Let me contemplate thee (faire soule) and though That doth lye over thee: I had no roome
I cannot tracke the way, which thou didst goe For witty griefe, fit onely for thy tombe.
In thy celestiall journey, and my heart And friendship's monument, thus had I stood;
Expanssion wants, to thivke what now thou art, But that the flame, I beare thee, warm'd my
How bright and wide thy glories ; yet I may With a new life. I'le like a funerall Gire (blood
Remember thee, as thou wert in thy clay.
Best object to my heart! what vertues be
In its leane looke; doth like a prince appeare,
Be thought a bank'rout that embraces thee?
In man's acquaintance, Mem'ry of thy fate
And now my sorrow followes thee, I tread
"The milkie way, and see the snowie head The last daye's summons, when Farth’s trophies lye Of Atlas, farre below, while all the high A scatter'd heape, and time it selfe must dye. Swolpe buildings seeme but atoms to my eyes What now hath life to boast of? Can I have' I'me heighten'd by my ruine; and while I A thought lesse darke than th' horrour of the grave Weepe ore the vault where thy sad ashes lye, Now thou dost dwell below? Wert not a fault My soule with thine doth hold commerce abore; Past pardon, to raise fancie 'bove thy vault? Where we discerne the stratagems, which love, Hayle sacred house in which bis reliques sleep! iate, and ambition, use, to cozen man; Blest marble give me leave t'approach and weepe, So iraile that every blast of honour can
Swell Sim above himselfe, each adverse gust, Probably one of the three younger sons of John Him and his glories shiver into dust. Talbot of LongfordSee Collins' Peerage, vol. 3. How small seemes greatnesse here! How not a span
His empire, who commands the Ocean.
P. 27. C.
Both that, which boasts so much it's mighty ore,
Nor ever showes her beauty, but to some And th' other, which with pearle, hath pav'd its Carthusian, who even by his vow, is dumbe ! shore.
So 'mid the yce of the farre northren sea, Nor can it greater seeme, when this great All
A starre about the articke circle, may For which men quarrell so, is but a ball
Than ours yeeld clearer light; yet that but shall Cast downe into the ayre to sport the starres.
Serve at the frozen pilot's funerall.
Which all we sinners traffique on, didst daigne And man's so reverend wiaedome but their play. The bounty of thy fire, which with so cleare From thee, deare Talbot, living I did learne And constant beames did our frayle vessels steere, The arts of life, and by thy light discerne
That safely we, what storm so e're bore sway, The truth which men dispute. But by thee dead Past o're the rugged Alpes of th' angry sea. I'me taught, upon the world's gay pride to tread: But now we sayle at randomd. Every rocke And that way sooner master it, than he
The folly doth of our ambition mocke To whom both th' Indies tributary be.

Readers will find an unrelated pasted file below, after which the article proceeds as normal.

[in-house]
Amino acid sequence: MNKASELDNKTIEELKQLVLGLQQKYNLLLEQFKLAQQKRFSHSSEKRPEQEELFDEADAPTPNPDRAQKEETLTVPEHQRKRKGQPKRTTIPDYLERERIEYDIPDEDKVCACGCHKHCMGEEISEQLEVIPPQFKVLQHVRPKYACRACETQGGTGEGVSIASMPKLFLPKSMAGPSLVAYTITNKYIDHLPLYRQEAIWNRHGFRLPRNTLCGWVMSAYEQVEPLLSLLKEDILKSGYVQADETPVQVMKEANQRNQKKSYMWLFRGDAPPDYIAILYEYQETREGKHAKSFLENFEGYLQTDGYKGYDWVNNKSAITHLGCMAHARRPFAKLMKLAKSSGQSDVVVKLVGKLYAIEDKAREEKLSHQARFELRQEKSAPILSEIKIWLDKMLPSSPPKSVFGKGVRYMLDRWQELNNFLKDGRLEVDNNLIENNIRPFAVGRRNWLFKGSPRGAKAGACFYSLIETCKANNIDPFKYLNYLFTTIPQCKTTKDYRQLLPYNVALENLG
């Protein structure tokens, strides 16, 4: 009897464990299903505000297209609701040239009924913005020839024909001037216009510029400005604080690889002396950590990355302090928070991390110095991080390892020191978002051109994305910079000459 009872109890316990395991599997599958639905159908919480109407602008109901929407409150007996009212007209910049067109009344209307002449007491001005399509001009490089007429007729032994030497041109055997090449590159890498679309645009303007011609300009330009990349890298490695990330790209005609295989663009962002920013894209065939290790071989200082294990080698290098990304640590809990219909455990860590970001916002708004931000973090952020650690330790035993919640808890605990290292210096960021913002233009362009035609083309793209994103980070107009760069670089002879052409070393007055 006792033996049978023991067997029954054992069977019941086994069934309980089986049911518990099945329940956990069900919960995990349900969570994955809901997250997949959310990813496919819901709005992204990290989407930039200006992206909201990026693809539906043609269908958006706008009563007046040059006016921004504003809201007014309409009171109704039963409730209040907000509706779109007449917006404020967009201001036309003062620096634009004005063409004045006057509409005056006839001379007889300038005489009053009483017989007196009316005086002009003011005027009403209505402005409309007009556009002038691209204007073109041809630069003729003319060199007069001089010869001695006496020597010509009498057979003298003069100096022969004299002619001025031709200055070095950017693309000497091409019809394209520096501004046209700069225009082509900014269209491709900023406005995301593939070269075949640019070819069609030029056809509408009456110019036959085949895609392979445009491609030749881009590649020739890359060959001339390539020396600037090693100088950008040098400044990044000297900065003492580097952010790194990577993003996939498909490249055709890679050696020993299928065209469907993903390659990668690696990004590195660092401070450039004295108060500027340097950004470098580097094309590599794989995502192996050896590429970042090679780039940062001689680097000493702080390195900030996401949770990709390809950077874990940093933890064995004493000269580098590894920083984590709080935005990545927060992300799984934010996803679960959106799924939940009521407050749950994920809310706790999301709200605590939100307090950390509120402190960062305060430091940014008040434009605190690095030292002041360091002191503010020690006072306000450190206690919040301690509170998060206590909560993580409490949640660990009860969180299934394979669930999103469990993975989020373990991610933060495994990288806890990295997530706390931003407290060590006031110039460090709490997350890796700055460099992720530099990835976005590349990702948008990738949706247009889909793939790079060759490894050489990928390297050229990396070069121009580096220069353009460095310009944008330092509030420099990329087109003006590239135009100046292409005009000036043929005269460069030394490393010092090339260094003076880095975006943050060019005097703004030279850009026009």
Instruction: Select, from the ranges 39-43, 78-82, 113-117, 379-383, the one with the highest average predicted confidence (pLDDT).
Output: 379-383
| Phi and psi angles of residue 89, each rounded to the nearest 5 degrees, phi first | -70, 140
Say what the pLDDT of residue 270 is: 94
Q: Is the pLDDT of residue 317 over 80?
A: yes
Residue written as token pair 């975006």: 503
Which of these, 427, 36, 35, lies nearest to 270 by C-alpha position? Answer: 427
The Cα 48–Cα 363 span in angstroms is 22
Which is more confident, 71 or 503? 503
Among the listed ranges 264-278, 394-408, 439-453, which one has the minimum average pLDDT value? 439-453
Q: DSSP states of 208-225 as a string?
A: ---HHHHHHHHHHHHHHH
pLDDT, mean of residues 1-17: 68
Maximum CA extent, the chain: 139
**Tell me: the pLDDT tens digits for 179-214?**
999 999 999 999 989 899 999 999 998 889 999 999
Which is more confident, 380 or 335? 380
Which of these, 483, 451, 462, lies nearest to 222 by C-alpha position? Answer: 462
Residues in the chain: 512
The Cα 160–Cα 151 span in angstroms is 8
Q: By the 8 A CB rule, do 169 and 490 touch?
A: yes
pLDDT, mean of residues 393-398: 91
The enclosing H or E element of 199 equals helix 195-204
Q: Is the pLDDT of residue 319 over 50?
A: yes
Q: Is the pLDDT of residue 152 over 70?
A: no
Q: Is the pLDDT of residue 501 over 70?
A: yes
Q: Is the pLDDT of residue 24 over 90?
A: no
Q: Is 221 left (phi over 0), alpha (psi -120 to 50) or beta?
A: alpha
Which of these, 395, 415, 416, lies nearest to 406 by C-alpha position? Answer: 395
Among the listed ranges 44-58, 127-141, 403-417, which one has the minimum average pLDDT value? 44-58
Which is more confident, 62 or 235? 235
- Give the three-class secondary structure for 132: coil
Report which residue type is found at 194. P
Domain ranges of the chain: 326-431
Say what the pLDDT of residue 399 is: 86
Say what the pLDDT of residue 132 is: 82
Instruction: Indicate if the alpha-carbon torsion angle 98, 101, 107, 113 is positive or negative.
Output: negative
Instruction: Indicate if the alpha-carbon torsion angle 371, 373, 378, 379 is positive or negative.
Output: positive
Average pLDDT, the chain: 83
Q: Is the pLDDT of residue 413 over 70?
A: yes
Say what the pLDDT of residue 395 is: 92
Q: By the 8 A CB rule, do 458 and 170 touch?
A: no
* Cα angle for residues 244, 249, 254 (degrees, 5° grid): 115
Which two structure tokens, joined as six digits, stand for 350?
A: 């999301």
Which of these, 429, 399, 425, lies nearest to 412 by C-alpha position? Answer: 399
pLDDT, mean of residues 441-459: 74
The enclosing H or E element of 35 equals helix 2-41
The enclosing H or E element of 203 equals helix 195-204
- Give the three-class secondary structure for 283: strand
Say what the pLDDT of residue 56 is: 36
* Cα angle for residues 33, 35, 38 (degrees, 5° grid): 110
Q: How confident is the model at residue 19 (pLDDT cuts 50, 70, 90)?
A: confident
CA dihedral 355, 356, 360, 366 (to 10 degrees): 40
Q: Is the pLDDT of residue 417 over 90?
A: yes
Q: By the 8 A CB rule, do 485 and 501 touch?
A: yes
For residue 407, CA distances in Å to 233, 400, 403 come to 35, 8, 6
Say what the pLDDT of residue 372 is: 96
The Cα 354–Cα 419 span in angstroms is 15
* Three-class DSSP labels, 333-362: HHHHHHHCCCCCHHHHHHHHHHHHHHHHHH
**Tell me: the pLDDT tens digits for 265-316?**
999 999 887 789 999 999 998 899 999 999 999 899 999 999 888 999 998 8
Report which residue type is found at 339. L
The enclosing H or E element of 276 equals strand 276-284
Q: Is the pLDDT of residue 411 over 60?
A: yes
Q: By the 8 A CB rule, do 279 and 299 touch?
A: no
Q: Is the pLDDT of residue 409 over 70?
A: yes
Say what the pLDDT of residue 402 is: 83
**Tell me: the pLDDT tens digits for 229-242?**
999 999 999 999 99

And splits our hopes : to every syren's breath
We listen and even court the face of death,
If printed o're by pleasure : every wave
Ir't hath delight wembrace though't prove a grave My name, deare friend, even thy expiring breath
So ruinous is the defect of thee, Did call upon : affirming that thy death
To th' undone world in gen'rall. But to me Would wound my poor sad heart. Sad it must be
Who liv'd one life with thine, drew but one breath, Indeed, lost to all thoughts of mirth in thec.
Possest with th'same mind and thoughts, 'twas My lord, if I with licence of your teares, [weares And now hy fate, I but my selfe survive, (death. (Which your great brother's hearse as dianionds
To keepe his mem'ry, and my griefes alive. l' enrich death's glory) may but speake my owne: Where shall I then begin to weepe? No grove I'le prove it, that no sorrow e're was knowne
Silent and darke, but is prophan'd by love: Reall as mine. All other mourners kcepe
With his warme whispers, and faint idle feares, In griefe a inethod : without forme 1 weepe.
His busie hopes, loud sighes, and caselesse teares The sonne (rich in his father's fate) hath eyes
Each care is so enchanted ; that no breath Wet just as long as are the obsequies.
Is list'ned to, wbich mockes report of death. The widow formerly a yeare doth spend
I'le turne my griefe then inward and deplore In her so courtly blackes. But for a friend
My ruine to my selfe, repeating ore
Not write, but am my selfe his elegie.
From the faire east of some bright beutie's eyes : 'Thy owne brave story; tell thy selfe how great Else vaunt not the proud miracle of verse. Thou wert iu thy minde's empire, and how all It hath no power. For mine from his blacke herse Who out-live thee, see but the funerall
Redeemes not Talbot, who cold as the breath Of glory: and if yet some vertuous be,
Of winter, coffin'd lyes; silent as death, They but weake apparitions are of thee.
Stealing on th’anch'rit, who even wants an eare So settled were thy thoughts, each action so
To breathe into his soft expiring prayer. Discretely ordered, that nor ebbe por flow
For bad thy life beene by thy vertues spun Was e're perceiv'd in thee, each word mature Out to a length, thou hadst out-liv'd the Sunne And every sceane of life from sinne so pure
and clos'd the world's great eye: or were not all That scarce in its whole history, we can
Our wonders fiction, from thy funerall Finde vice enough, to say thou wert but man,
Thou hadst received new life, and liv'd to be Horrour to say thou wert! Curst that we must The conqueror o're death, inspir’d by me. Addresse our language to a little dust,
But all we poets glory in, is vaine
One poore houre lost, nor reskew a small flye
Live then in thy true life (great soule) for set
Of time and fortune in yand' starry court
We patiently sustaine to serve our sence